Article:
But Fea’s next section complicates the story for Christian America’s defenders. Examining the period from the founding of Jamestown (1607) to the ratification of the Constitution (1788), Fea cautions readers against an overly positive view of the righteousness of the American colonies. Rampant mistreatment of Native Americans and the importation of African slaves severely marred the Christian societies that the colonies’ leaders hoped to establish. And while the Puritans of New England enjoyed religious freedom for themselves, they often failed to grant similar liberty of conscience to Quakers and other religious dissenters.

In some ways, the revolution itself poses even more problems for those who want to portray the founding of the nation as a Christian event. In Chapter Seven, “The Revolutionary Pulpit,” Fea demonstrates that few colonial clergymen made adequate distinctions between “civil liberty as taught by patriots and spiritual liberty as taught in the Bible.” One New York minister identified the colonists as God’s “elect” and bluntly maintained that “the cause of this American continent . . . is the cause of God.” In addition to highlighting such problematic rhetoric, Fea encourages us to consider how the revolution failed to conform to the Bible’s injunctions to submit to governing authorities. Clergymen too often twisted passages such as Romans 13 and 1 Peter 2 to justify armed rebellion. Moreover, the colonists almost never invoked historic “just war” theory to justify the revolution because, Fea leads us to believe, the rebellion could not be justified on those grounds. While Christians took a backseat to no one in their enthusiasm for the revolution, their involvement in the conflict does not necessarily make the rebellion a Christian event.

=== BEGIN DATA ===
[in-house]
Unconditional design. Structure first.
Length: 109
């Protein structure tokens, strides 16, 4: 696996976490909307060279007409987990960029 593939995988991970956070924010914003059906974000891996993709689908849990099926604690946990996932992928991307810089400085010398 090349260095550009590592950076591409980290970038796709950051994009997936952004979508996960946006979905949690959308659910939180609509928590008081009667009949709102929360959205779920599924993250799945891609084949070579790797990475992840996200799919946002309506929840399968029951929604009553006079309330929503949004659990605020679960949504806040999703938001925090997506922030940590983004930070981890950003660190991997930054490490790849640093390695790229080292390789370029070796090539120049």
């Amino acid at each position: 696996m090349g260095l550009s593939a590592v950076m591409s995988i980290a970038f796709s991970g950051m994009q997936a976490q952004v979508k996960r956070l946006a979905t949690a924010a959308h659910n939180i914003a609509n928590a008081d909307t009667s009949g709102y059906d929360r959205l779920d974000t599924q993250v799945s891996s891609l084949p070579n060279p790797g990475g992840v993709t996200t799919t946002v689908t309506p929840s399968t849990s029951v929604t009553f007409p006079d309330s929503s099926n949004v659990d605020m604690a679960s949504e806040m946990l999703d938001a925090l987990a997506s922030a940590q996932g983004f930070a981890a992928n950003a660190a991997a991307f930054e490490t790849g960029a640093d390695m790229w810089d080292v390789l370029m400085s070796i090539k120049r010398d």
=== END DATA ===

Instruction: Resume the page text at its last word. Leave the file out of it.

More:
Was America Founded as a Christian Nation? by John Fea

In his final section, Fea turns to the personal religious beliefs of several of the Founding Fathers themselves. This part is likely to disappoint readers looking for unambiguously orthodox Christians as well as those who expect to find godless infidels. Fea makes clear that three of the most prominent founders—John Adams, Thomas Jefferson, and Benjamin Franklin—cannot be considered orthodox Christians. None of the three, for example, believed in the deity of Christ. Moreover, Jefferson famously removed the supernatural passages from the gospels in order to form what he considered to be a more authentic account of Jesus’ worthy sayings.